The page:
I’m not going to say that I know an awful lot about the world of finance. Nor would I even say I know an awful lot about the world of politics (although I know enough to hold my own in a conversation). But what I think I do know about, and what most of us intrinsically know, is what fairness is.
Sure, there might be certain minute details that need to be ironed out in some cases, as to what is fair and what is not, but if you take into account the following details, we all should come to the same conclusion about what is fair.
This banking problem that we have in Europe, is indeed, a European problem. The whole idea behind the European experiment/adventure, is that Europe shall exist as a whole, as one unity. That the sum of its parts shall be greater that the individual pieces. Such was the idea.
- Ireland makes up 0.9 percent of the EU population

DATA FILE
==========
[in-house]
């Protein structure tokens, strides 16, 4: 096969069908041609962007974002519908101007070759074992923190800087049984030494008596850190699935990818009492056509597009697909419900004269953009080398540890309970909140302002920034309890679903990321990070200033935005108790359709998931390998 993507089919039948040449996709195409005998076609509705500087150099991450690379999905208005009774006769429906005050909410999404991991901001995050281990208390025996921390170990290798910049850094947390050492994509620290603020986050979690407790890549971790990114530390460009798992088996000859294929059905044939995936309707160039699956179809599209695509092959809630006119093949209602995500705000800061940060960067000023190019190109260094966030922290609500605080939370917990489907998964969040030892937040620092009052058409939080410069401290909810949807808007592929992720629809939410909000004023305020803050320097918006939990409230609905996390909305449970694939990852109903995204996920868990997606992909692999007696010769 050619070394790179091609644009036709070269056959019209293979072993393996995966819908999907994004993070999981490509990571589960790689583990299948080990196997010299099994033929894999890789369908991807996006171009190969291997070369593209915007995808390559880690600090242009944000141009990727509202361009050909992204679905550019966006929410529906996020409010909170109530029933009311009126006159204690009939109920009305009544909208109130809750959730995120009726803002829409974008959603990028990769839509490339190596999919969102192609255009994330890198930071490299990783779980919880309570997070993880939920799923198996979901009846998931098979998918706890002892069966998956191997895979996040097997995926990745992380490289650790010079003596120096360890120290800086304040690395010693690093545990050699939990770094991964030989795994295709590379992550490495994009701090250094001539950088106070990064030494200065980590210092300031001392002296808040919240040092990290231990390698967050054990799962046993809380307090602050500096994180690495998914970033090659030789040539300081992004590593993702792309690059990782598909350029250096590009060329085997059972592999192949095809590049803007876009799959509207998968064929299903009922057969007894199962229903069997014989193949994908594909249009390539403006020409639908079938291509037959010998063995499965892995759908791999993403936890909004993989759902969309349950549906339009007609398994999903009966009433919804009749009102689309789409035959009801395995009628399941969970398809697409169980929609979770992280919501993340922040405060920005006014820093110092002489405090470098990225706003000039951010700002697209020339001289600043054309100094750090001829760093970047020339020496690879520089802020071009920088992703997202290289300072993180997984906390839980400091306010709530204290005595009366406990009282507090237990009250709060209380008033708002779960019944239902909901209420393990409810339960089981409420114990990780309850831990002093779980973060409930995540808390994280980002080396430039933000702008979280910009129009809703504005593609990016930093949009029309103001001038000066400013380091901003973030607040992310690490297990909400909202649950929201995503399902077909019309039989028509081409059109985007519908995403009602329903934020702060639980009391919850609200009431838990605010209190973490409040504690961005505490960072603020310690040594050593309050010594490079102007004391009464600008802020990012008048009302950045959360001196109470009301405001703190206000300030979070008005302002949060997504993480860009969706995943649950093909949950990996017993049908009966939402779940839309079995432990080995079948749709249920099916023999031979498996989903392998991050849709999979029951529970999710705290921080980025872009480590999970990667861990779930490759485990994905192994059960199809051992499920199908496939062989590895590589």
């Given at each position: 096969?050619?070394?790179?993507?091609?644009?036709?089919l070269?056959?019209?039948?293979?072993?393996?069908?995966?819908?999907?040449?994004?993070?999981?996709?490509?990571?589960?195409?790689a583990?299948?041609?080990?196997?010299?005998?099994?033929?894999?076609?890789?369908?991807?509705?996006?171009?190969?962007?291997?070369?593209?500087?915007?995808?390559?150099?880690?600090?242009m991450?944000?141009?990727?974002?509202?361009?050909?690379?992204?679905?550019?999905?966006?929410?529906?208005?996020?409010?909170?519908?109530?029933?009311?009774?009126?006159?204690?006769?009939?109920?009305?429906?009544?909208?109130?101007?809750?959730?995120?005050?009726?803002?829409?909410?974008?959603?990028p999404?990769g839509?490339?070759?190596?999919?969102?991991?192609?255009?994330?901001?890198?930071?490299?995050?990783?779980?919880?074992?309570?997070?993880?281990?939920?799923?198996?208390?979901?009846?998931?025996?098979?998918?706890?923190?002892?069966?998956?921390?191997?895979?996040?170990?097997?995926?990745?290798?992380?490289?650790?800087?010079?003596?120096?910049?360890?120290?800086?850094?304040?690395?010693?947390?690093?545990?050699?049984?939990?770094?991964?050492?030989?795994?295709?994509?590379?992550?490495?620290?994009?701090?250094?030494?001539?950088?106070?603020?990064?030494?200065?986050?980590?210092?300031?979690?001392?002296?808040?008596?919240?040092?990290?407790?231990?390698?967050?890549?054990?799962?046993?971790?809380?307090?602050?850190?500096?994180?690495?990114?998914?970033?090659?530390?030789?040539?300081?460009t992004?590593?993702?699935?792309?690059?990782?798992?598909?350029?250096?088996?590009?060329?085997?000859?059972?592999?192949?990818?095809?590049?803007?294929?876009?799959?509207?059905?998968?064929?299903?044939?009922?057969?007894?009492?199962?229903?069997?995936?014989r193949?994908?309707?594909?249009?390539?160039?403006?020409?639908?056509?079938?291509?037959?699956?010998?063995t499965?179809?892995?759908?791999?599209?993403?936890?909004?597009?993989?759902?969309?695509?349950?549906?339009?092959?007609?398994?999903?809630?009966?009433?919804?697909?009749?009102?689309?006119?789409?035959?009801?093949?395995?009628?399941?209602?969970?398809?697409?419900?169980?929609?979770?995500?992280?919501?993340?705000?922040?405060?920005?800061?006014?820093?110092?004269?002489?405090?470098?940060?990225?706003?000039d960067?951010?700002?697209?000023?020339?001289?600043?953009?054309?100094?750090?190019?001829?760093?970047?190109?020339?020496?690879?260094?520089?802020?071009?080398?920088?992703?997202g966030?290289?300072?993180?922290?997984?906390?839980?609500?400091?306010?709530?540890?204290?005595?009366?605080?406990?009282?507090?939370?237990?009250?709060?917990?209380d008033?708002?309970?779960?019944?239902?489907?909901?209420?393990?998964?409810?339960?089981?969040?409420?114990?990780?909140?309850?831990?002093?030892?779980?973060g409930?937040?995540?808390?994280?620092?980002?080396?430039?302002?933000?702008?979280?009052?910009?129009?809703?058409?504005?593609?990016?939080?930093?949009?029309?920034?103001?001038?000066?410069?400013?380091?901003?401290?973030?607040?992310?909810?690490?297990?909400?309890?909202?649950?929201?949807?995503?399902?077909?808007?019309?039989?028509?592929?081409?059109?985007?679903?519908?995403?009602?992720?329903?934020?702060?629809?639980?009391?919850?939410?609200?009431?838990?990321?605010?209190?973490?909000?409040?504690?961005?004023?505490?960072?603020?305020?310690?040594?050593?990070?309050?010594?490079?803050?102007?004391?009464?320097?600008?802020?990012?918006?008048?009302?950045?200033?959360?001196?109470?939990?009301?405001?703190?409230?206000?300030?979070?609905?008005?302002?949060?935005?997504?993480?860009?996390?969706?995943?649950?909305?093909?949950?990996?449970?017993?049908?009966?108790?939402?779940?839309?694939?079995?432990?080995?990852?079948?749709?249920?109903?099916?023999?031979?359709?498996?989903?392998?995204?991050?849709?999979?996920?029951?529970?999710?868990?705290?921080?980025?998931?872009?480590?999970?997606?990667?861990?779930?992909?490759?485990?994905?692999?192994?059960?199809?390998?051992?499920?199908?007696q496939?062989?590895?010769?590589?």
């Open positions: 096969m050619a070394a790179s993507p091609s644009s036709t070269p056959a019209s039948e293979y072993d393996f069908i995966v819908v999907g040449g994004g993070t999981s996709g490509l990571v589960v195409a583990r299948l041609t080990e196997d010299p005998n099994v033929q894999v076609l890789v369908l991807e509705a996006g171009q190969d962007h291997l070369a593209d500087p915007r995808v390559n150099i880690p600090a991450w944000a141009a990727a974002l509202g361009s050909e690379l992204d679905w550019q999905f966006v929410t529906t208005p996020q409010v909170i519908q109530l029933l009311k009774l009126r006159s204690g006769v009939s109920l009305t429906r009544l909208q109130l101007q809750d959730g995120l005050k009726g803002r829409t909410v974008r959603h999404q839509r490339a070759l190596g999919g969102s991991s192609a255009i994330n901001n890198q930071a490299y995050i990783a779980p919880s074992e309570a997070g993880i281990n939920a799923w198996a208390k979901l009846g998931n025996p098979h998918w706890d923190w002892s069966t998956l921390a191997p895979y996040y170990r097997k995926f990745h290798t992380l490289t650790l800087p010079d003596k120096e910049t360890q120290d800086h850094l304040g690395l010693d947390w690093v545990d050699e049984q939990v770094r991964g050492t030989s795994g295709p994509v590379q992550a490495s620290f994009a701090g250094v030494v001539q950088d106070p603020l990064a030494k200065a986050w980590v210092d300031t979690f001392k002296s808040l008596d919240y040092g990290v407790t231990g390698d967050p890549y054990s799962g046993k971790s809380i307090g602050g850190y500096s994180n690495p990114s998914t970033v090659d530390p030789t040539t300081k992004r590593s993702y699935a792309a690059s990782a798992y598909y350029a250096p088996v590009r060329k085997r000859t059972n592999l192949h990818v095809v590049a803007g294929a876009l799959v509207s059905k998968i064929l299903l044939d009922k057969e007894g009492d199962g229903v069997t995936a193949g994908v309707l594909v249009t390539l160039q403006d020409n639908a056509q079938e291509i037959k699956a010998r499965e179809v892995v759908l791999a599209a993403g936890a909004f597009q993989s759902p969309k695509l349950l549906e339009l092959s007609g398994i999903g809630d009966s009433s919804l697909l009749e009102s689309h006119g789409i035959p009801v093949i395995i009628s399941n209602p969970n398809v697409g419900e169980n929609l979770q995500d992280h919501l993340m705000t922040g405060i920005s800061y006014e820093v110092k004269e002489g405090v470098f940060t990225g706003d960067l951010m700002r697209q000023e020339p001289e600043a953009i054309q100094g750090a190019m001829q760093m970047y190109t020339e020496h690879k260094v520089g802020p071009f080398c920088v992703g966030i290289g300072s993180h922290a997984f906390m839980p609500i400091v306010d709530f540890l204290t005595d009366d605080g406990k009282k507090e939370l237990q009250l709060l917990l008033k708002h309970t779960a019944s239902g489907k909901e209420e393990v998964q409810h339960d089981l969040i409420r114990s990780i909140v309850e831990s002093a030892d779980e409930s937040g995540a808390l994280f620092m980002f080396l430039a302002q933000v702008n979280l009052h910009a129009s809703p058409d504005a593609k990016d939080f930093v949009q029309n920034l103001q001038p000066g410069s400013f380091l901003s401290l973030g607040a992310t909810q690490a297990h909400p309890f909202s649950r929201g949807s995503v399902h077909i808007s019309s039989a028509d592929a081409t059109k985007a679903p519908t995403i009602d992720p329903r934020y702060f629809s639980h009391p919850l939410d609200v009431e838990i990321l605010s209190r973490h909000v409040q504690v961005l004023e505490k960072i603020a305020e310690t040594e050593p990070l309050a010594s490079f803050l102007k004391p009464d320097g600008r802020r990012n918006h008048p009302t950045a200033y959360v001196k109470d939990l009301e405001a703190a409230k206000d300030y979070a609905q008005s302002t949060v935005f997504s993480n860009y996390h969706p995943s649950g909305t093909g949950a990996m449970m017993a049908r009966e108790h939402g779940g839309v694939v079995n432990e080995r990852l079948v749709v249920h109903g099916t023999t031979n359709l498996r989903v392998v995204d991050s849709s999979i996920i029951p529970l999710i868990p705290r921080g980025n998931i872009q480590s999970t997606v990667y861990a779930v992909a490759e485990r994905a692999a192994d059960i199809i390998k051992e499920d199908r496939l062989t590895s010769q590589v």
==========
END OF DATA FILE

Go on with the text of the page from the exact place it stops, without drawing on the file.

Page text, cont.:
- The Irish economy makes up 1.2 percent of EU GDP
Ok, we’re small. So how much of the entire European banking debt have we paid?
- The Irish people have paid 42 percent of the total cost of the European banking crisis
The European banking crisis to date has cost every individual in Ireland nearly €9,000 each. The average throughout the EU is €192 per capita. I really don’t know what you can say after that.
There isn’t much to be said, is there! The Irish people have taken the burden of this crisis, THROUGH NO FAULT OF OUR OWN (by this I mean the Irish people and not those at the highest level who were partially responsible for this along with others of the same level from other European countries). If we put this to the ‘fairness test’ I’m sure you can that, fair it is not.
I am a fan of Europe. I like the idea behind the great experiment, but if our nation is to become the whipping boy so that the experiment can continue, then I think that the ethos and spirit in which the EU was started in the first place has been well and truly destroyed.